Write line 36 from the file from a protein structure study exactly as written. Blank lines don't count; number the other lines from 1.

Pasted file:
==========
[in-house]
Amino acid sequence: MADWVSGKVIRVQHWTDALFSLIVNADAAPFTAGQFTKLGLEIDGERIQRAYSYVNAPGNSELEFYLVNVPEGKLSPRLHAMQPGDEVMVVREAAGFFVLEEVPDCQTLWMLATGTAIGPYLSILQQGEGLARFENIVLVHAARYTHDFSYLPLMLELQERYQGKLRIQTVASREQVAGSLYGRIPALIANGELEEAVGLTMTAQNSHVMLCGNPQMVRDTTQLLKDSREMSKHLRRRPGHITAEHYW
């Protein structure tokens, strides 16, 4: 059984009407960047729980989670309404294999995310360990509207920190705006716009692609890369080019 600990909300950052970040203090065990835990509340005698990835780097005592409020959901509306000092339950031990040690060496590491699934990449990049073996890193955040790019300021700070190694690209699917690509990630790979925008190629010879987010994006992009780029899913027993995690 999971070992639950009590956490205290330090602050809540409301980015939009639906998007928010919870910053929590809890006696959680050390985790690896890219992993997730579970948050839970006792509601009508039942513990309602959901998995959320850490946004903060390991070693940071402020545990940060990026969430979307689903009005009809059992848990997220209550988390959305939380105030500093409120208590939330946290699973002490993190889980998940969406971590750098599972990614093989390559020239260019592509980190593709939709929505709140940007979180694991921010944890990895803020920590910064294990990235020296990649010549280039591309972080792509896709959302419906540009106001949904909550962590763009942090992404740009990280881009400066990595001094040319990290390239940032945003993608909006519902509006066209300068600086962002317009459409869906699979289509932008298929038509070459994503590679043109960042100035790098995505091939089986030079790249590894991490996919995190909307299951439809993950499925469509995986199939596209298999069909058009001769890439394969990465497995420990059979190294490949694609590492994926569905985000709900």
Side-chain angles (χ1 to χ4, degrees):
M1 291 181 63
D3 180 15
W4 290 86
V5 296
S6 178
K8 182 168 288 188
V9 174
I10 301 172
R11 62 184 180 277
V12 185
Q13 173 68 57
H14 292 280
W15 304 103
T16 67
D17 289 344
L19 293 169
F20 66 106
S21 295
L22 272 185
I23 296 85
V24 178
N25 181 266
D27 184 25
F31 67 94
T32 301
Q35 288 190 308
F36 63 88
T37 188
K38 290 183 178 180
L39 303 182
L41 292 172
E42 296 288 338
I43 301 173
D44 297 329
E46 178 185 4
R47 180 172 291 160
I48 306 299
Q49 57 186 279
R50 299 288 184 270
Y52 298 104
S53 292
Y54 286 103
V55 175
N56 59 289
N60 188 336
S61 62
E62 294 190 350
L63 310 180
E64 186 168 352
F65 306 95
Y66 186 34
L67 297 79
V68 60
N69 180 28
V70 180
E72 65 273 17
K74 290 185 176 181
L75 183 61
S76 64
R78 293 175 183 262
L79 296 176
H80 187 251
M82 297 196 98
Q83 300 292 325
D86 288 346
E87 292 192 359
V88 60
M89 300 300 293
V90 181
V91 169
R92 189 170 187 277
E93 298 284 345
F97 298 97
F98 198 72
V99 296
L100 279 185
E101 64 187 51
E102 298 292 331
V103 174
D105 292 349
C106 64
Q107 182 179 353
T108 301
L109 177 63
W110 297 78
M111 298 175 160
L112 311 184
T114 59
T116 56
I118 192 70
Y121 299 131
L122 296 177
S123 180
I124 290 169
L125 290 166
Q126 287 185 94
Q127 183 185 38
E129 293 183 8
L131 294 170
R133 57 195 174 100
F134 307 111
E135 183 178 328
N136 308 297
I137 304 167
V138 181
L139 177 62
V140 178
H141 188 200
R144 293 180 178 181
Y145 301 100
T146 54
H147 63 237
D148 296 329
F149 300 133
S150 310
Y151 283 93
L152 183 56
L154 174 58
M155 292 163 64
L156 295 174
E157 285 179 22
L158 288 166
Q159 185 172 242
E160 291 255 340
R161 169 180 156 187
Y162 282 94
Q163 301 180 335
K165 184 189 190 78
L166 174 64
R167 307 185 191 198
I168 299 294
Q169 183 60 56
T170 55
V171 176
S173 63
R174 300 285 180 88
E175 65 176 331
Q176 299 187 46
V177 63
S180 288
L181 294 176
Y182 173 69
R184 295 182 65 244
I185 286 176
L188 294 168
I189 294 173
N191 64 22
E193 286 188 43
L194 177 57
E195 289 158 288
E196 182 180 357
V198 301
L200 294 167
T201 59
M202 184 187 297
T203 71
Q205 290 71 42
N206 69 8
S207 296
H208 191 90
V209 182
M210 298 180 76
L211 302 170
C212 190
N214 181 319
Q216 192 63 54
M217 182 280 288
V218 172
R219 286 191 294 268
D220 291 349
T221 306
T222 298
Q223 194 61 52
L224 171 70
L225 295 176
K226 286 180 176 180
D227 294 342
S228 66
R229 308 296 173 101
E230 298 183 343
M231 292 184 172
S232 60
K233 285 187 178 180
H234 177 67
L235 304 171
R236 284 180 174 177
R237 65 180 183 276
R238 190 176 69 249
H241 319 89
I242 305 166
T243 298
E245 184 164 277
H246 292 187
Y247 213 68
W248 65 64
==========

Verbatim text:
E42 296 288 338